Posted on August 6, 2013 at 4:54 AM
State and marine officials said Monday a large gray whale, likely killed by a cargo ship, washed ashore near Grayland Beach State Park July 29th.
One week later, the carcass remains on the shore while the husband and wife who own the Westport Aquarium salvage the bones for a planned exhibit.
"I'm not competitive or anything," said aquarium co-owner Mark Myrsell, "But other aquariums have whales. I want a whale."
Mark and his wife Kathryn have state permission to take the bones before burying the remainder of the body. They said the last gray whale to wash up here was in 2005.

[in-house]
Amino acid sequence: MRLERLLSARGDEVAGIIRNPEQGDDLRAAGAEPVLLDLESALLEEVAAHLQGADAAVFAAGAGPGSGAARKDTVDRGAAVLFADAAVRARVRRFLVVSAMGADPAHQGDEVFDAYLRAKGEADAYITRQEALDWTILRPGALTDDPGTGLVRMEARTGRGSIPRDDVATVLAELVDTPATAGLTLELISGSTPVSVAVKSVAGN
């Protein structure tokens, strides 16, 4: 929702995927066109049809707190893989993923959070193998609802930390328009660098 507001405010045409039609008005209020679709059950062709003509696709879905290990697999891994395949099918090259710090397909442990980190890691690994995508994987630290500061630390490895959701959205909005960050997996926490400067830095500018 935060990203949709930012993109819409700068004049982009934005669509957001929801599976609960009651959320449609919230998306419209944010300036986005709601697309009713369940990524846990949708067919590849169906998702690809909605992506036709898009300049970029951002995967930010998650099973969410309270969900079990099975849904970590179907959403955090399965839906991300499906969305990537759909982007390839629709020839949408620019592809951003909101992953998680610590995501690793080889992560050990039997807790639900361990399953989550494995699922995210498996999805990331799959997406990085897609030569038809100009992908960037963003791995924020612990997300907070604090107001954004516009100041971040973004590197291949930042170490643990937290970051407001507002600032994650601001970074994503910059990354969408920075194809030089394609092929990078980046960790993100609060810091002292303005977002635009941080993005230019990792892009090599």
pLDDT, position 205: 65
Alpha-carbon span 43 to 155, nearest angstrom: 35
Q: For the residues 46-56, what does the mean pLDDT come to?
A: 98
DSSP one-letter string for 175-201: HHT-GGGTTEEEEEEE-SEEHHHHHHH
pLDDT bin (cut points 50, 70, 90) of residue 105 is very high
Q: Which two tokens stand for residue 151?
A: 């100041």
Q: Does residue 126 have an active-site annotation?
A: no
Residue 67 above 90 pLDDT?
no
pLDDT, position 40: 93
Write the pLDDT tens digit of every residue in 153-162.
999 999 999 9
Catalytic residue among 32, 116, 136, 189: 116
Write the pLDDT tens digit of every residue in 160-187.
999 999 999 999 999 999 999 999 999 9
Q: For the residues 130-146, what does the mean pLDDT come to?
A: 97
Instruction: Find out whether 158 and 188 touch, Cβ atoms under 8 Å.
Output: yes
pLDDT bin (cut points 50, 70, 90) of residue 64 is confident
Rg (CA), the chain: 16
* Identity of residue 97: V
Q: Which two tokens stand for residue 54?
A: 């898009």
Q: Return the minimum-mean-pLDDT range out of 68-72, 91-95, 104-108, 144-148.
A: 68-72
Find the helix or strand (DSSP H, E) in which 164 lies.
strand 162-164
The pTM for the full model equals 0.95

Monday, the Myrsells' were continuing the gruesome task of cutting whale blubber and flesh from the bones. The tedious and smelly job is expected to last until the end of the week.
However, the unusual sight is not unusual for the pair, who divide their time between the aquarium, day jobs and research on Sasquatch.
"We do a lot of stupid stuff," Mark Myrsell admitted, "We get interviewed a lot."
The Myrsell's bought the Westport Aquarium four years ago, and have slowly been trying to restore it. They said this whale skeleton is an important feature.
"It's tremendous," Myrsell said, "But buying Washington's oldest aquarium is pretty outrageous."